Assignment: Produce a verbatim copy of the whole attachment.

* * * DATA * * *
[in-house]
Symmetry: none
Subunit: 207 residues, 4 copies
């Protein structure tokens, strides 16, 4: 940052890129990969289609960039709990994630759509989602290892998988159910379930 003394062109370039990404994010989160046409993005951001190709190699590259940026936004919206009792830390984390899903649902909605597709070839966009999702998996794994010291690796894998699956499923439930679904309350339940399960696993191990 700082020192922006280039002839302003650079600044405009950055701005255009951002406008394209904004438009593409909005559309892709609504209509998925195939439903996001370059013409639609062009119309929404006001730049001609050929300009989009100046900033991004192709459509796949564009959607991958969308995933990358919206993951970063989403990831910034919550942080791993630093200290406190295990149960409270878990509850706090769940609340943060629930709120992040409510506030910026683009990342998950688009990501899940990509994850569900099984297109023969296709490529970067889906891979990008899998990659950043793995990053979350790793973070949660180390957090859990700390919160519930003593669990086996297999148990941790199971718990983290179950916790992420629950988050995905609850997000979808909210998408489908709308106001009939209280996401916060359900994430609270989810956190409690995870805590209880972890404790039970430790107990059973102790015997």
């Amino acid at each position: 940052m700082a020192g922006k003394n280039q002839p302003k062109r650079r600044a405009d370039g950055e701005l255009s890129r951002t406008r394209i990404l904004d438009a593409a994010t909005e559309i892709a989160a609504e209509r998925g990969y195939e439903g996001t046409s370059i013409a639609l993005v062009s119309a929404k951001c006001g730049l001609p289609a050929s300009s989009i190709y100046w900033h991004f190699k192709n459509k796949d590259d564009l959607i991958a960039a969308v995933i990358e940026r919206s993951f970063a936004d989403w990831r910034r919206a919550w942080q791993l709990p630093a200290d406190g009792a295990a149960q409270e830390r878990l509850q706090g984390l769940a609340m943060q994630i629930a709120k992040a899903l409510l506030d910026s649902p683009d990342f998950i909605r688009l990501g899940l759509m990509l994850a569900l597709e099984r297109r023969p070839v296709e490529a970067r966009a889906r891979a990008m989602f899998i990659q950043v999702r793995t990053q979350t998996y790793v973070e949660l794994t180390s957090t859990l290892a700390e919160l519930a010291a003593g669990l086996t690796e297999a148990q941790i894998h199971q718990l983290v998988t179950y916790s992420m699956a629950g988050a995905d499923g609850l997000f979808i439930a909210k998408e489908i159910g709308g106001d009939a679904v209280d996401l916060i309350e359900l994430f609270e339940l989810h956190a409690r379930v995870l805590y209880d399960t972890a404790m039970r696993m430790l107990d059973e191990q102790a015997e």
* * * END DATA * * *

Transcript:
[in-house]
Symmetry: none
Subunit: 207 residues, 4 copies
């Protein structure tokens, strides 16, 4: 940052890129990969289609960039709990994630759509989602290892998988159910379930 003394062109370039990404994010989160046409993005951001190709190699590259940026936004919206009792830390984390899903649902909605597709070839966009999702998996794994010291690796894998699956499923439930679904309350339940399960696993191990 700082020192922006280039002839302003650079600044405009950055701005255009951002406008394209904004438009593409909005559309892709609504209509998925195939439903996001370059013409639609062009119309929404006001730049001609050929300009989009100046900033991004192709459509796949564009959607991958969308995933990358919206993951970063989403990831910034919550942080791993630093200290406190295990149960409270878990509850706090769940609340943060629930709120992040409510506030910026683009990342998950688009990501899940990509994850569900099984297109023969296709490529970067889906891979990008899998990659950043793995990053979350790793973070949660180390957090859990700390919160519930003593669990086996297999148990941790199971718990983290179950916790992420629950988050995905609850997000979808909210998408489908709308106001009939209280996401916060359900994430609270989810956190409690995870805590209880972890404790039970430790107990059973102790015997």
């Amino acid at each position: 940052m700082a020192g922006k003394n280039q002839p302003k062109r650079r600044a405009d370039g950055e701005l255009s890129r951002t406008r394209i990404l904004d438009a593409a994010t909005e559309i892709a989160a609504e209509r998925g990969y195939e439903g996001t046409s370059i013409a639609l993005v062009s119309a929404k951001c006001g730049l001609p289609a050929s300009s989009i190709y100046w900033h991004f190699k192709n459509k796949d590259d564009l959607i991958a960039a969308v995933i990358e940026r919206s993951f970063a936004d989403w990831r910034r919206a919550w942080q791993l709990p630093a200290d406190g009792a295990a149960q409270e830390r878990l509850q706090g984390l769940a609340m943060q994630i629930a709120k992040a899903l409510l506030d910026s649902p683009d990342f998950i909605r688009l990501g899940l759509m990509l994850a569900l597709e099984r297109r023969p070839v296709e490529a970067r966009a889906r891979a990008m989602f899998i990659q950043v999702r793995t990053q979350t998996y790793v973070e949660l794994t180390s957090t859990l290892a700390e919160l519930a010291a003593g669990l086996t690796e297999a148990q941790i894998h199971q718990l983290v998988t179950y916790s992420m699956a629950g988050a995905d499923g609850l997000f979808i439930a909210k998408e489908i159910g709308g106001d009939a679904v209280d996401l916060i309350e359900l994430f609270e339940l989810h956190a409690r379930v995870l805590y209880d399960t972890a404790m039970r696993m430790l107990d059973e191990q102790a015997e």